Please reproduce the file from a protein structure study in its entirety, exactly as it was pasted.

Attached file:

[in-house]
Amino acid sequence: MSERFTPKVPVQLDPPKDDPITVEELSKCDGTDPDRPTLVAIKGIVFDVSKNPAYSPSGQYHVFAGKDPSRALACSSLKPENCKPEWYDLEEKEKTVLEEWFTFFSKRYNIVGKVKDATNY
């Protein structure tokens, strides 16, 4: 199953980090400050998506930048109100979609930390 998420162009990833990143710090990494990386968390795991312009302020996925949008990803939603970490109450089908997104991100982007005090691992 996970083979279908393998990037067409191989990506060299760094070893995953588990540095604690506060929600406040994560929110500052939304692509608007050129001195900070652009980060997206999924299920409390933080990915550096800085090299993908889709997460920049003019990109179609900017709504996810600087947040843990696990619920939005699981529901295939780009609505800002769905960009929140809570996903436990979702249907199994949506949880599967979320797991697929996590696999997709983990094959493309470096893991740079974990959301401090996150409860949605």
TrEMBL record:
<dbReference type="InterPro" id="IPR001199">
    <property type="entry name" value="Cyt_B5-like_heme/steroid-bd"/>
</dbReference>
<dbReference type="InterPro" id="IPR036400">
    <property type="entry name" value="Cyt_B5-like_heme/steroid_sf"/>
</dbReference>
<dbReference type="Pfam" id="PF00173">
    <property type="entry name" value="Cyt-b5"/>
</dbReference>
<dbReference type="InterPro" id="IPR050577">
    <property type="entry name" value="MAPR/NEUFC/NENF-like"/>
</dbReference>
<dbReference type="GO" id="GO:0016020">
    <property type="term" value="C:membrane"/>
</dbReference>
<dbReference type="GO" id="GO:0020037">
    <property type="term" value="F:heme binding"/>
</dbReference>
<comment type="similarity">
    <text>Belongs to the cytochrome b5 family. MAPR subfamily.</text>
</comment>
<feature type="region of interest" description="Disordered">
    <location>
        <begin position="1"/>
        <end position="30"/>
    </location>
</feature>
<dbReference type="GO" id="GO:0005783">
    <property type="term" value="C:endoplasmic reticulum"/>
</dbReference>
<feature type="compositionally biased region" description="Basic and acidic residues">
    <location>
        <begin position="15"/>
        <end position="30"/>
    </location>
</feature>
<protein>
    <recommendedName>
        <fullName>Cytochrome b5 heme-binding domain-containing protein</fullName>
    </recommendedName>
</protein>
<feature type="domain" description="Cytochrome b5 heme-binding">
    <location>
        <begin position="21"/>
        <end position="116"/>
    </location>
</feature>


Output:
[in-house]
Amino acid sequence: MSERFTPKVPVQLDPPKDDPITVEELSKCDGTDPDRPTLVAIKGIVFDVSKNPAYSPSGQYHVFAGKDPSRALACSSLKPENCKPEWYDLEEKEKTVLEEWFTFFSKRYNIVGKVKDATNY
């Protein structure tokens, strides 16, 4: 199953980090400050998506930048109100979609930390 998420162009990833990143710090990494990386968390795991312009302020996925949008990803939603970490109450089908997104991100982007005090691992 996970083979279908393998990037067409191989990506060299760094070893995953588990540095604690506060929600406040994560929110500052939304692509608007050129001195900070652009980060997206999924299920409390933080990915550096800085090299993908889709997460920049003019990109179609900017709504996810600087947040843990696990619920939005699981529901295939780009609505800002769905960009929140809570996903436990979702249907199994949506949880599967979320797991697929996590696999997709983990094959493309470096893991740079974990959301401090996150409860949605």
TrEMBL record:
<dbReference type="InterPro" id="IPR001199">
    <property type="entry name" value="Cyt_B5-like_heme/steroid-bd"/>
</dbReference>
<dbReference type="InterPro" id="IPR036400">
    <property type="entry name" value="Cyt_B5-like_heme/steroid_sf"/>
</dbReference>
<dbReference type="Pfam" id="PF00173">
    <property type="entry name" value="Cyt-b5"/>
</dbReference>
<dbReference type="InterPro" id="IPR050577">
    <property type="entry name" value="MAPR/NEUFC/NENF-like"/>
</dbReference>
<dbReference type="GO" id="GO:0016020">
    <property type="term" value="C:membrane"/>
</dbReference>
<dbReference type="GO" id="GO:0020037">
    <property type="term" value="F:heme binding"/>
</dbReference>
<comment type="similarity">
    <text>Belongs to the cytochrome b5 family. MAPR subfamily.</text>
</comment>
<feature type="region of interest" description="Disordered">
    <location>
        <begin position="1"/>
        <end position="30"/>
    </location>
</feature>
<dbReference type="GO" id="GO:0005783">
    <property type="term" value="C:endoplasmic reticulum"/>
</dbReference>
<feature type="compositionally biased region" description="Basic and acidic residues">
    <location>
        <begin position="15"/>
        <end position="30"/>
    </location>
</feature>
<protein>
    <recommendedName>
        <fullName>Cytochrome b5 heme-binding domain-containing protein</fullName>
    </recommendedName>
</protein>
<feature type="domain" description="Cytochrome b5 heme-binding">
    <location>
        <begin position="21"/>
        <end position="116"/>
    </location>
</feature>